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  27. Nicola Mößner (2013). Das Beste aus zwei Welten? Ludwik Fleck über den sozialen Ursprung wissenschaftlicher Kreativität. In Philipp Hubmann & Till Julian Huss (eds.), Simultaneität - Modelle der Gleichzeitigkeit in den Wissenschaften und Künsten. transcript.
  28. Thomas Nickles (1996). Methods of Discovery. Biology and Philosophy 12 (1):127-140.
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  29. Sami Paavola (2006). Hansonian and Harmanian Abduction as Models of Discovery. International Studies in the Philosophy of Science 20 (1):93 – 108.
    In this article, I compare two varieties of abduction as reconstructive models for analysing discovery. The first is 'Hansonian abduction', which is based on N. R. Hanson's formulations of abduction. The other is 'Harmanian abduction', the Inference to the Best Explanation (IBE) model, formulated especially by Gilbert Harman. Peter Lipton has analysed processes of discovery on the basis of his developed form of Harmanian abduction. I argue that Hansonian abduction would, however, be a more apt model for this purpose. As (...)
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  30. Sami Paavola (2004). Abduction as a Logic and Methodology of Discovery: The Importance of Strategies. [REVIEW] Foundations of Science 9 (3):267-283.
    There are various ``classical'' arguments against abduction as a logic of discovery,especially that (1) abduction is too weak a mode of inference to be of any use, and (2) in basic formulation of abduction the hypothesisis already presupposed to be known, so it is not the way hypotheses are discovered in the first place. In this paper I argue, by bringing forth the idea of strategies,that these counter-arguments are weaker than may appear. The concept of strategies suggests, inter alia, that (...)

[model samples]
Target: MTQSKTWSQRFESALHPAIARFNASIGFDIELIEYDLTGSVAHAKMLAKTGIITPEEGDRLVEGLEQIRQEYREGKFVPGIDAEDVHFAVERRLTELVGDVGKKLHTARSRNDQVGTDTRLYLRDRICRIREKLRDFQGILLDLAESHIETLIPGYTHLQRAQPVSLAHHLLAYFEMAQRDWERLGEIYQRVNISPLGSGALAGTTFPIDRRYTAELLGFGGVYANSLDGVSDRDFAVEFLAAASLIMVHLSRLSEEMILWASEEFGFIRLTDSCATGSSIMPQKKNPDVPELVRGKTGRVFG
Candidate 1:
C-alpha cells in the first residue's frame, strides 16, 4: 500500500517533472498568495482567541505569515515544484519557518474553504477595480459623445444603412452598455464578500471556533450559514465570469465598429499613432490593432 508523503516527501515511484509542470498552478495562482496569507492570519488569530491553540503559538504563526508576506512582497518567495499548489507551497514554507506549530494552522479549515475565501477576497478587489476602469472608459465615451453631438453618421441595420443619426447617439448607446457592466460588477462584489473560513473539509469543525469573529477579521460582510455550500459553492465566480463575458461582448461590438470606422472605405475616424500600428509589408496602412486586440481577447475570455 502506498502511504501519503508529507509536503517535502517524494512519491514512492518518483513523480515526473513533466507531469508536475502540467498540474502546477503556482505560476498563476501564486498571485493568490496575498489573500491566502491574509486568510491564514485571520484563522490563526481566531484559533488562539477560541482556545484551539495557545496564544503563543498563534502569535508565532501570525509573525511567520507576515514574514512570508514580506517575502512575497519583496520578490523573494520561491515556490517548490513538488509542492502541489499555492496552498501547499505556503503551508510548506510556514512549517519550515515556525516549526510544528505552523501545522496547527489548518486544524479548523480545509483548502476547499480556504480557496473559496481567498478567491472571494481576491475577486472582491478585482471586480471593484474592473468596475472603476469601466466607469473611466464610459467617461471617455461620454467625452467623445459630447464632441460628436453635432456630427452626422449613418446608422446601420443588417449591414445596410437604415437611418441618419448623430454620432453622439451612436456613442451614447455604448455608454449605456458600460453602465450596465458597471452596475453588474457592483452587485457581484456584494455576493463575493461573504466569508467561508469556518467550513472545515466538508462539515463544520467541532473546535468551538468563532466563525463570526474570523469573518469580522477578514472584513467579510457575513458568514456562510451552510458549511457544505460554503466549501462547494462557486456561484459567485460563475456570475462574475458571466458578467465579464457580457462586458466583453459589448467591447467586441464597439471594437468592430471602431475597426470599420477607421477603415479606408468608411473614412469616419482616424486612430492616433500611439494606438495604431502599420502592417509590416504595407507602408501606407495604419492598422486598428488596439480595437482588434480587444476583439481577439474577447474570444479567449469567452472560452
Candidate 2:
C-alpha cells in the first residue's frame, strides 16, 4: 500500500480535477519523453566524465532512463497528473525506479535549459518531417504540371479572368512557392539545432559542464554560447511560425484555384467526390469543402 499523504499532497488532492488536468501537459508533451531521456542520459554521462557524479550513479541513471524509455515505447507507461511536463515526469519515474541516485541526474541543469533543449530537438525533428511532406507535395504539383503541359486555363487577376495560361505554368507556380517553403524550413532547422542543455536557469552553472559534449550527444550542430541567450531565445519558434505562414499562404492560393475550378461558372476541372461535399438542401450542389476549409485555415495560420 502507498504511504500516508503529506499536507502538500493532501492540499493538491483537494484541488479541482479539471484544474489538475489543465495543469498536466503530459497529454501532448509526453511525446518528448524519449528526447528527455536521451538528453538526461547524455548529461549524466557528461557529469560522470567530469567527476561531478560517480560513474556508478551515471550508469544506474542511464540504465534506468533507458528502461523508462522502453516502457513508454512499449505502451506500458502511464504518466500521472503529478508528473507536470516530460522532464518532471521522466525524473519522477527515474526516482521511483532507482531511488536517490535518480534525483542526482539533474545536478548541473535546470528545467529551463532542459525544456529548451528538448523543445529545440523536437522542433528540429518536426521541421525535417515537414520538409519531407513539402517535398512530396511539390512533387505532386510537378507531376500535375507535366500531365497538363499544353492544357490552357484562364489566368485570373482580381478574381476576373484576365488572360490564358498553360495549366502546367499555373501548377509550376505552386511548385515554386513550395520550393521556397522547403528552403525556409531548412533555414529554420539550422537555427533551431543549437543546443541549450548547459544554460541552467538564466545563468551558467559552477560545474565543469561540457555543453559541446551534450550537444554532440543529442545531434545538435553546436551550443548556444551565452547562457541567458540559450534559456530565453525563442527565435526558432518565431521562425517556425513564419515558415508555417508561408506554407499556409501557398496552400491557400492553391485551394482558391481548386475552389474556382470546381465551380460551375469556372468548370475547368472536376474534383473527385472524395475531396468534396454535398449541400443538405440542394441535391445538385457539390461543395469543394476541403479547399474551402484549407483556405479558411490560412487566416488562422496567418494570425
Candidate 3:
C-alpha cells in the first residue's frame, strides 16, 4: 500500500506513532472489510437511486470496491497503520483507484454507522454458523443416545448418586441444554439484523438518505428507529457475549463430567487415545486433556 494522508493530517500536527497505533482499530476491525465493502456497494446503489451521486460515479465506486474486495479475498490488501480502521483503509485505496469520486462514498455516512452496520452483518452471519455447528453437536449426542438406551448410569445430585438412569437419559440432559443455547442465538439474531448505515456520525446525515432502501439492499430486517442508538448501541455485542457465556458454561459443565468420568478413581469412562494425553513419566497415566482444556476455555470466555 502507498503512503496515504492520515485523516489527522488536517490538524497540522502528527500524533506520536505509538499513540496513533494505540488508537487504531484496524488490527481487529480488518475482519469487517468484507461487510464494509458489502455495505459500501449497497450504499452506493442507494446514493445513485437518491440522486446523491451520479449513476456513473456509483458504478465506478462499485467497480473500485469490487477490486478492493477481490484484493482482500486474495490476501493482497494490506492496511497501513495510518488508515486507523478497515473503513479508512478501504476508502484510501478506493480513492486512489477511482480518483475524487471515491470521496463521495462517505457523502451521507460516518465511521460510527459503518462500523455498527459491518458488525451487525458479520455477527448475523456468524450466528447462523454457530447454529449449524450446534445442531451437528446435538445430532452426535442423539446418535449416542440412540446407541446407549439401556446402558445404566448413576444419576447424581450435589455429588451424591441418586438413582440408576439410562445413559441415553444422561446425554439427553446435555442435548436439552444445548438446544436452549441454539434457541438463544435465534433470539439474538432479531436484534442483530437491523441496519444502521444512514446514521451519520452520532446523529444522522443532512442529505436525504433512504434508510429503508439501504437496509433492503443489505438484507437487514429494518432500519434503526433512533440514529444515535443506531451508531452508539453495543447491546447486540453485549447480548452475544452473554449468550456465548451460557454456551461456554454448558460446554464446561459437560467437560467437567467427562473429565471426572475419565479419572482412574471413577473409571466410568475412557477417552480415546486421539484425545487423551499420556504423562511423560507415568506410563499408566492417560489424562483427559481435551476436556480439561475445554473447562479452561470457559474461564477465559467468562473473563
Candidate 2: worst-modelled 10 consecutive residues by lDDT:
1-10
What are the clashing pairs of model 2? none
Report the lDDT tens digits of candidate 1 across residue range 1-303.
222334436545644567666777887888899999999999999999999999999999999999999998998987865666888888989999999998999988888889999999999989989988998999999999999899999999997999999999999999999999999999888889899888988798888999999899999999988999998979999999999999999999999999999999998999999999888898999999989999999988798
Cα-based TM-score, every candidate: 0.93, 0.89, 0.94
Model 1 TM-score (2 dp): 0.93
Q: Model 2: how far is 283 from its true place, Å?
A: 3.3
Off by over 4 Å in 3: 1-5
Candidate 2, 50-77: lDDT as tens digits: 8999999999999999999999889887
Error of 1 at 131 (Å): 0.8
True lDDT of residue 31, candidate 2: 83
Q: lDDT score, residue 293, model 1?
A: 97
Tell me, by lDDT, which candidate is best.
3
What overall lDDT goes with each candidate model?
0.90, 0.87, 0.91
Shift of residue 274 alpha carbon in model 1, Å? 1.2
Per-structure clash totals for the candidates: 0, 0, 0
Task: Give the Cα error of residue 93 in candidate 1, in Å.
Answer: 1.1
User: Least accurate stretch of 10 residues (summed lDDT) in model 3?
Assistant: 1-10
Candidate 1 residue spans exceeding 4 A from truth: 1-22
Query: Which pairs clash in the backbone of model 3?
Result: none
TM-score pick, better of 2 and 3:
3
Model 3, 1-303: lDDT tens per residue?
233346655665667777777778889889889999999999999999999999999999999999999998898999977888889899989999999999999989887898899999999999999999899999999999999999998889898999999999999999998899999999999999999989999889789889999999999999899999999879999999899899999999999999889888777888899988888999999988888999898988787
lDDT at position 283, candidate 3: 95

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  31. Lydia Patton (2012). Experiment and Theory Building. Synthese 184 (3):235-246.
    I examine the role of inference from experiment in theory building. What are the options open to the scientific community when faced with an experimental result that appears to be in conflict with accepted theory? I distinguish, in Laudan's (1977), Nickels's (1981), and Franklin's (1993) sense, between the context of pursuit and the context of justification of a scientific theory. Making this distinction allows for a productive middle position between epistemic realism and constructivism. The decision to pursue a new or (...)
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  32. Herbert Pietschmann (1978). The Rules of Scientific Discovery Demonstrated From Examples of the Physics of Elementary Particles. Foundations of Physics 8 (11-12):905-919.